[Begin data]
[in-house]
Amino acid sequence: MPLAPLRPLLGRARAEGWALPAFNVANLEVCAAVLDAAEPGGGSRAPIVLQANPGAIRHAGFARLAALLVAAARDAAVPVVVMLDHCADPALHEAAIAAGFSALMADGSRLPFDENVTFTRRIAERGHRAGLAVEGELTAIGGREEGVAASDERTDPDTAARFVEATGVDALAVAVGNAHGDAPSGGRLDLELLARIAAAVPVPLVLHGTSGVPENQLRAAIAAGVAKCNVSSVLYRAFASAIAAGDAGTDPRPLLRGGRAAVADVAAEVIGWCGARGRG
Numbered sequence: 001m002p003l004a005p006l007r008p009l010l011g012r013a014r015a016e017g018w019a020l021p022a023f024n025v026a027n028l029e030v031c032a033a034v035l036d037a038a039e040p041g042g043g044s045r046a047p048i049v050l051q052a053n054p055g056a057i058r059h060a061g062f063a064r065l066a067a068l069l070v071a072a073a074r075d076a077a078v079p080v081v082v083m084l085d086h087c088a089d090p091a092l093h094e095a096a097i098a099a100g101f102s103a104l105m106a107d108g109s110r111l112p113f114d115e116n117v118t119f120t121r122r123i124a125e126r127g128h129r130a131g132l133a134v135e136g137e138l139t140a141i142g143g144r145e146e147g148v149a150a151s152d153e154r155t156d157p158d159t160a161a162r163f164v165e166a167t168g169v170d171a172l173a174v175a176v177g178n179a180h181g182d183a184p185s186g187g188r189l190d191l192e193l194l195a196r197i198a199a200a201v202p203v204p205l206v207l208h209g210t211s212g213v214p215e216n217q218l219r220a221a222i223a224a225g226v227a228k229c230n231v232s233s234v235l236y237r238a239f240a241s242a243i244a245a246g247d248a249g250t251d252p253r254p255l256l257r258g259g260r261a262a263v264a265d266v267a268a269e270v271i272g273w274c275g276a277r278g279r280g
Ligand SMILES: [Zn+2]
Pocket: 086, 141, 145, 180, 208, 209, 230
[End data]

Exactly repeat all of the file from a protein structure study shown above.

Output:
[in-house]
Amino acid sequence: MPLAPLRPLLGRARAEGWALPAFNVANLEVCAAVLDAAEPGGGSRAPIVLQANPGAIRHAGFARLAALLVAAARDAAVPVVVMLDHCADPALHEAAIAAGFSALMADGSRLPFDENVTFTRRIAERGHRAGLAVEGELTAIGGREEGVAASDERTDPDTAARFVEATGVDALAVAVGNAHGDAPSGGRLDLELLARIAAAVPVPLVLHGTSGVPENQLRAAIAAGVAKCNVSSVLYRAFASAIAAGDAGTDPRPLLRGGRAAVADVAAEVIGWCGARGRG
Numbered sequence: 001m002p003l004a005p006l007r008p009l010l011g012r013a014r015a016e017g018w019a020l021p022a023f024n025v026a027n028l029e030v031c032a033a034v035l036d037a038a039e040p041g042g043g044s045r046a047p048i049v050l051q052a053n054p055g056a057i058r059h060a061g062f063a064r065l066a067a068l069l070v071a072a073a074r075d076a077a078v079p080v081v082v083m084l085d086h087c088a089d090p091a092l093h094e095a096a097i098a099a100g101f102s103a104l105m106a107d108g109s110r111l112p113f114d115e116n117v118t119f120t121r122r123i124a125e126r127g128h129r130a131g132l133a134v135e136g137e138l139t140a141i142g143g144r145e146e147g148v149a150a151s152d153e154r155t156d157p158d159t160a161a162r163f164v165e166a167t168g169v170d171a172l173a174v175a176v177g178n179a180h181g182d183a184p185s186g187g188r189l190d191l192e193l194l195a196r197i198a199a200a201v202p203v204p205l206v207l208h209g210t211s212g213v214p215e216n217q218l219r220a221a222i223a224a225g226v227a228k229c230n231v232s233s234v235l236y237r238a239f240a241s242a243i244a245a246g247d248a249g250t251d252p253r254p255l256l257r258g259g260r261a262a263v264a265d266v267a268a269e270v271i272g273w274c275g276a277r278g279r280g
Ligand SMILES: [Zn+2]
Pocket: 086, 141, 145, 180, 208, 209, 230